As consumers we’re rather predictable in our spending patternrns because, frankly, we just NEED certain things. Try telling a teenage he can’t have his potato chips! He’d starve, right!?
And, although many consumers live simple, disciplined lives… everybody splurges on something they WANT now and again. Ice cream, anyone!?
When you look at it this way, there are really only two categories of consumer spending:
1) Discretionary – things we WANT, and
2) Staples – things we NEED.
Naturally, these two categories fight for the affection of each of our dollars. It’s like having two advisors – an angel and a devil – sitting on each shoulder as you walk through the shopping center. Who wins depends on who has the most convincing story… and the credit card.
A comparison of how consumers split their dollars between these two categories is instructive about the economy, in general…
In theory, higher levels of discretionary spending, relative to spending on staple goods, shows consumers have fatter pockets and a healthier outlook on the future.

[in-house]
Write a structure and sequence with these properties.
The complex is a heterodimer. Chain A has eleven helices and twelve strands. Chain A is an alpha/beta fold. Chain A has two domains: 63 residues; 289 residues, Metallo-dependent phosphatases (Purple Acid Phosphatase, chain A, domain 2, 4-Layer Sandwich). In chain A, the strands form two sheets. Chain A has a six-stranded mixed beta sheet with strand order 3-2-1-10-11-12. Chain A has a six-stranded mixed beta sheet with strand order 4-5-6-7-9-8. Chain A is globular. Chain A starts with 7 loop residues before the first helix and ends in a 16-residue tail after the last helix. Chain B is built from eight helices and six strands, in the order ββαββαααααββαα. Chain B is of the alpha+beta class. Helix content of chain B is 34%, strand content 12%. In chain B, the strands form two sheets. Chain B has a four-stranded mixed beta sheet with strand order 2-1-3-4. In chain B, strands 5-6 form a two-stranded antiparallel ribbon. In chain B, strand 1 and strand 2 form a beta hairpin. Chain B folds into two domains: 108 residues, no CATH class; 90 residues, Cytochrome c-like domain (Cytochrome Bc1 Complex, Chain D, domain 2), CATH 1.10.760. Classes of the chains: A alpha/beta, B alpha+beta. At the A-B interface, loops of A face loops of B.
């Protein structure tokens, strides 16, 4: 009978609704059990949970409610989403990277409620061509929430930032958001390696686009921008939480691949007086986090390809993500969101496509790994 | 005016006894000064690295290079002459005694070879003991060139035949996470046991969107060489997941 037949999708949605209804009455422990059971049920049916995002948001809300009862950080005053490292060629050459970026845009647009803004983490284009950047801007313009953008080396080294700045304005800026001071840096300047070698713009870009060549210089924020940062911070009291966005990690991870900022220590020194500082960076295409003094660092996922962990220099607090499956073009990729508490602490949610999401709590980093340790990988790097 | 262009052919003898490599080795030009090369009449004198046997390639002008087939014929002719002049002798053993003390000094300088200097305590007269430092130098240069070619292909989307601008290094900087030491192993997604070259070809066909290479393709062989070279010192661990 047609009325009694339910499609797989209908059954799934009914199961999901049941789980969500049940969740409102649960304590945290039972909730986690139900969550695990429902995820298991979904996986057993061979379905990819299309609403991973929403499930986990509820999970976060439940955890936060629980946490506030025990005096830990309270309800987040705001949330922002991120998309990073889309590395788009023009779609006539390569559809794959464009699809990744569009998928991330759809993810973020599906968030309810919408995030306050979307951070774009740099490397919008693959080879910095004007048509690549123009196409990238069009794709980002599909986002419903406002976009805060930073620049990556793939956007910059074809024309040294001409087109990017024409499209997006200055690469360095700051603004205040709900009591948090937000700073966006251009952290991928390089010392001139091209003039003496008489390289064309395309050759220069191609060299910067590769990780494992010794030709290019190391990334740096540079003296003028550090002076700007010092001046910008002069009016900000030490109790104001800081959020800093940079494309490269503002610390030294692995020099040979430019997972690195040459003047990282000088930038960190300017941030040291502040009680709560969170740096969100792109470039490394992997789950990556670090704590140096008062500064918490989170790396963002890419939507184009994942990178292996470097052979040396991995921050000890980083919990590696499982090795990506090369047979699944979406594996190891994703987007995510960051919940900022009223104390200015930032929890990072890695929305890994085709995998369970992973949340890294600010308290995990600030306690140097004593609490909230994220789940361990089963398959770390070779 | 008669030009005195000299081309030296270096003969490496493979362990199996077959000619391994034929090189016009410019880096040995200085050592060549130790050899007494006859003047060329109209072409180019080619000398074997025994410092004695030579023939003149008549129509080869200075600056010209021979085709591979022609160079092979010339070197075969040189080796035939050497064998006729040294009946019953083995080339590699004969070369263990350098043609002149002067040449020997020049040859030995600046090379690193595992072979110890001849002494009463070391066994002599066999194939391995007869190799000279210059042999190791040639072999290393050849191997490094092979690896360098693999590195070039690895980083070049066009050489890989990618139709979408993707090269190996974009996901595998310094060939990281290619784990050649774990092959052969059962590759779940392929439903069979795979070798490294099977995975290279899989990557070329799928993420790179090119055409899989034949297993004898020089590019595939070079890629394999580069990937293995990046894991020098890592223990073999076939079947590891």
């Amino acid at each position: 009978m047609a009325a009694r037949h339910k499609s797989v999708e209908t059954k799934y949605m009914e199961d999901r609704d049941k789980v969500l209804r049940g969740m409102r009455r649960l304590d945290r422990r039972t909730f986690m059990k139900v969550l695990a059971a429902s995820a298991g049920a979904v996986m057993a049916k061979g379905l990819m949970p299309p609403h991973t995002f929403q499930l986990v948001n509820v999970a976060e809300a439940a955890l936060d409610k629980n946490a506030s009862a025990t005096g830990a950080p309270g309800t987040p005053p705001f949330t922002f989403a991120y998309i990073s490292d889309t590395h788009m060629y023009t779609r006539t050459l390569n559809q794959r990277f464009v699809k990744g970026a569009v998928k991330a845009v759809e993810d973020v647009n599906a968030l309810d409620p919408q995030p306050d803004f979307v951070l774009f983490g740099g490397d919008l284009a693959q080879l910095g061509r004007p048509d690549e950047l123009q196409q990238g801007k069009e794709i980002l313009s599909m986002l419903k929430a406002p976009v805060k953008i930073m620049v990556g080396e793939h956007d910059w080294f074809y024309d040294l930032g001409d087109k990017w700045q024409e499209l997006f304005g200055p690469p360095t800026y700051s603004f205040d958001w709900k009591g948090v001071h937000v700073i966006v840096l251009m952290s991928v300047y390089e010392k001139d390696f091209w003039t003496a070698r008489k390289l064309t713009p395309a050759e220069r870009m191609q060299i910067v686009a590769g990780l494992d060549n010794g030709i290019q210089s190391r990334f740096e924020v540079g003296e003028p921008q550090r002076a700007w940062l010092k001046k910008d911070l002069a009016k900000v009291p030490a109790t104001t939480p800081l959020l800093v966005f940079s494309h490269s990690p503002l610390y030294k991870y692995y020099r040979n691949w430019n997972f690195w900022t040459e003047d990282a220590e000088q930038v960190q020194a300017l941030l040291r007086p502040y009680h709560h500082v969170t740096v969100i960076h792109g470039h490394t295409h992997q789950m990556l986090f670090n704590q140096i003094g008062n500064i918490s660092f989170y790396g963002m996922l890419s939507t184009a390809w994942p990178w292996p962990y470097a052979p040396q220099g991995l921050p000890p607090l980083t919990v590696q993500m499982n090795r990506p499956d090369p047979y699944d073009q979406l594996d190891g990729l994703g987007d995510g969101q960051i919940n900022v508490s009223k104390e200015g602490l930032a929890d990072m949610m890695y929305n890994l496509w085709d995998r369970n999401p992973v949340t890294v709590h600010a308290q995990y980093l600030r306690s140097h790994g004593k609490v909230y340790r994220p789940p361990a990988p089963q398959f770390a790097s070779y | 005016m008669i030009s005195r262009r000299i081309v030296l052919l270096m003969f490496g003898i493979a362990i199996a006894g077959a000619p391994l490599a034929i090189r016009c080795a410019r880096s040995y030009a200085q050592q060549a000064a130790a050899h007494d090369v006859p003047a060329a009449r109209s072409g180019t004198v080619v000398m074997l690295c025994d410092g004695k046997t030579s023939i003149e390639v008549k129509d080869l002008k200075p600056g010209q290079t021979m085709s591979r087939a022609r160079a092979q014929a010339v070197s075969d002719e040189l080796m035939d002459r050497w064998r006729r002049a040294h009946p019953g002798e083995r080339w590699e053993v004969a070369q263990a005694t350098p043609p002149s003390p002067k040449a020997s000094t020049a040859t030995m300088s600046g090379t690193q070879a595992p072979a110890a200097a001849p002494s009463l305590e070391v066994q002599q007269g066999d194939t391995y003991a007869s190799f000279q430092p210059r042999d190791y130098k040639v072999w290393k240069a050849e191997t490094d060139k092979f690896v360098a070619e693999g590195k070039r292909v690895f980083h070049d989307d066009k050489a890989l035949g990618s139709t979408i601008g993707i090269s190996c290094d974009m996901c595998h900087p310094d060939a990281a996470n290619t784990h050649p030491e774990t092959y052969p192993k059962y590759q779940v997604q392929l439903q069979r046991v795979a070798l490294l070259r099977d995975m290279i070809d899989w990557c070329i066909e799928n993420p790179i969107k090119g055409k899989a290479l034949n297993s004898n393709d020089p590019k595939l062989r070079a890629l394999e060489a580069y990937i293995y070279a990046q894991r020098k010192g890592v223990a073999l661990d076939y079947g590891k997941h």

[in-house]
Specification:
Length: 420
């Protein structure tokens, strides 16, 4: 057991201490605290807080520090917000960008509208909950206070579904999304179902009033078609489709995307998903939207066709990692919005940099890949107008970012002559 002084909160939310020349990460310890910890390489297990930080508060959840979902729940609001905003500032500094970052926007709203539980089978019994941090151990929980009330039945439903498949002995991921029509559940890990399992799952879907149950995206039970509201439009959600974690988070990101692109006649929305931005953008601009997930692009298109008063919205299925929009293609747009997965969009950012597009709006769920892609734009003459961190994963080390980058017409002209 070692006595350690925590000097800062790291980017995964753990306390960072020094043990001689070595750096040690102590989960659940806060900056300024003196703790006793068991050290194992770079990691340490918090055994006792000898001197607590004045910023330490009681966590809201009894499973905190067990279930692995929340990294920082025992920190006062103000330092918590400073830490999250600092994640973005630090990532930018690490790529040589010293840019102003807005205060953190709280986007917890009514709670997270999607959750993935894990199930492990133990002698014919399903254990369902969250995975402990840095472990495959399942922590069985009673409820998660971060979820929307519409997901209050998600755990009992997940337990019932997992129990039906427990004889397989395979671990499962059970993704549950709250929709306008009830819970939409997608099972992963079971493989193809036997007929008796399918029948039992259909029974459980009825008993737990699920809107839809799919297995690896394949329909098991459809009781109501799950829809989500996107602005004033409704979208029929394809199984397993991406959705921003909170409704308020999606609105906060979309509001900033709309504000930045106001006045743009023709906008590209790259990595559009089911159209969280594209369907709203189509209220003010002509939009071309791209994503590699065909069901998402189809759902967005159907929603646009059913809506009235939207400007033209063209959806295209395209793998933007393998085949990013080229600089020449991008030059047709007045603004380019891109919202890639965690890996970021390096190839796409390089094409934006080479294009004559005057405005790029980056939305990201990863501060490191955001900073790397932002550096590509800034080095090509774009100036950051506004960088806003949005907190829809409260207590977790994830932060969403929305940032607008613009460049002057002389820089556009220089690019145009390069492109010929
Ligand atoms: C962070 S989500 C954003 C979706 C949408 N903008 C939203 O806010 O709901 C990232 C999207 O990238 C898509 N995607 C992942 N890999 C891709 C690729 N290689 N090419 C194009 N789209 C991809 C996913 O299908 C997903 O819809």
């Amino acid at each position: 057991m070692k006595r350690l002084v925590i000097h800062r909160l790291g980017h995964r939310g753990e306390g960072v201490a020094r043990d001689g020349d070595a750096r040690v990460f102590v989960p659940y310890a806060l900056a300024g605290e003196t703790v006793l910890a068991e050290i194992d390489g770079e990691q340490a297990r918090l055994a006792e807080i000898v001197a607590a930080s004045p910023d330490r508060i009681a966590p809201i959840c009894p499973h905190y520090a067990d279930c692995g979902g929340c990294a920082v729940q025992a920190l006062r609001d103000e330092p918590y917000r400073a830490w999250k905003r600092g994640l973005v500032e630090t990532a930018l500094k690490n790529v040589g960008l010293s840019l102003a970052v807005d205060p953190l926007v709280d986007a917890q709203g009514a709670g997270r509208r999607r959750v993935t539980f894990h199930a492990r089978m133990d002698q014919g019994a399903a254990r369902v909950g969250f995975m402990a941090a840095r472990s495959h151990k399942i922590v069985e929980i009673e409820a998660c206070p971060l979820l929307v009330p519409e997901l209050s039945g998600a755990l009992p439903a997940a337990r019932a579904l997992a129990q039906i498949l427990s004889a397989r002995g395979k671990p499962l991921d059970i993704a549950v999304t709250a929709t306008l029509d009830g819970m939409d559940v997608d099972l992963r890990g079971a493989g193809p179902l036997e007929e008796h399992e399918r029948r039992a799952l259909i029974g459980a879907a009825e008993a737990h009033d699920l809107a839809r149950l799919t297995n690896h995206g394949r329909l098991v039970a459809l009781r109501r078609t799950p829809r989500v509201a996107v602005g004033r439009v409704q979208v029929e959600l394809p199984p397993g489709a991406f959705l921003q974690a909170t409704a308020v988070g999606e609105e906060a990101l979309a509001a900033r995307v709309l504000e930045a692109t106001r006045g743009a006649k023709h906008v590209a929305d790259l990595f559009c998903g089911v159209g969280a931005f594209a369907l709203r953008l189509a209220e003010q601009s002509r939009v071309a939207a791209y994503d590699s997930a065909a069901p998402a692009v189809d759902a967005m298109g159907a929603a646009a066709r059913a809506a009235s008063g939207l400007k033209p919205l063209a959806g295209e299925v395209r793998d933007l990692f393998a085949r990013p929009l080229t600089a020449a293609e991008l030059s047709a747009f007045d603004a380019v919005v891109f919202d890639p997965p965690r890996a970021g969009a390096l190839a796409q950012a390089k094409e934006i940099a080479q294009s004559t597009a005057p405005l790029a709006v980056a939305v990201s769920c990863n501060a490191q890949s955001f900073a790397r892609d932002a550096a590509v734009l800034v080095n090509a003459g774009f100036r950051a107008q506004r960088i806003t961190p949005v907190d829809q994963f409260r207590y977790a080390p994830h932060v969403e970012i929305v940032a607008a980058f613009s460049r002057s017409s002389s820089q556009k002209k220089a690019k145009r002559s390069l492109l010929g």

As there are ETFs that track these consumer sectors, it’s easy to see where consumers are spending their money. It also shows which type of stocks investors are buying more aggressively. Take a look…
The white bars show the S&P 500 since late 2011. The green line shows the ratio between the consumer discretionary (XLY) and consumer staples (XLP) sectors.
Right now, the XLY:XLP ratio is making higher highs, while the S&P 500 is still working to regain the last 1.5% of the 6.5% dip that began May 21.
Interestingly, this patternrn – where the bullish XLY:XLP ratio leads the market out of a minor correction – emerged at the end of last year. Back then, as the ratio made new highs, confirming the underlying strength and confidence of the consumer, the S&P 500 was still about 2% shy of breaking above its own highs.
Eventually, the stock market caught up with the XLY:XLP ratio, which acted as a leading indicator of higher stock prices in early 2013.
Looking ahead, I expect to see the same result this time around. While we could still be a couple of weeks away from knowing for sure, I’m watching for the XLY:XLP ratio to continue higher, and to bring stock prices up with it.